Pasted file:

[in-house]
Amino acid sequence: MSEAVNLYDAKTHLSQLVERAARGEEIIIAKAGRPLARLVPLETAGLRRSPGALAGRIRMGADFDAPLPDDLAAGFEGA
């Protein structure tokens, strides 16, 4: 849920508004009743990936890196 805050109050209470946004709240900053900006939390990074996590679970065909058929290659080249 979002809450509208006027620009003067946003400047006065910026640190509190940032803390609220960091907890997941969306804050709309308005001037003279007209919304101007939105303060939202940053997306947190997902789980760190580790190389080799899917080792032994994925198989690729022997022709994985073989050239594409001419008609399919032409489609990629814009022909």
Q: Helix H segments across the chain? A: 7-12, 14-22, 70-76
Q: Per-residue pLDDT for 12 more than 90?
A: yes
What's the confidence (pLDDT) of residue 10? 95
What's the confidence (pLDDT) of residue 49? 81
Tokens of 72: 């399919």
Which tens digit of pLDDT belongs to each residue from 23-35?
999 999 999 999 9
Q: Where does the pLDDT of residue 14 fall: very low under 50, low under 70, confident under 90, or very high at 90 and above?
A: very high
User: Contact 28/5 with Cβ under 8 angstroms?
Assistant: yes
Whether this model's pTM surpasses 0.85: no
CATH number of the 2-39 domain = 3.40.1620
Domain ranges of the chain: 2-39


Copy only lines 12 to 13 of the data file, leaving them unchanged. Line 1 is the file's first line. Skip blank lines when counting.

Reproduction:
Q: Where does the pLDDT of residue 14 fall: very low under 50, low under 70, confident under 90, or very high at 90 and above?
A: very high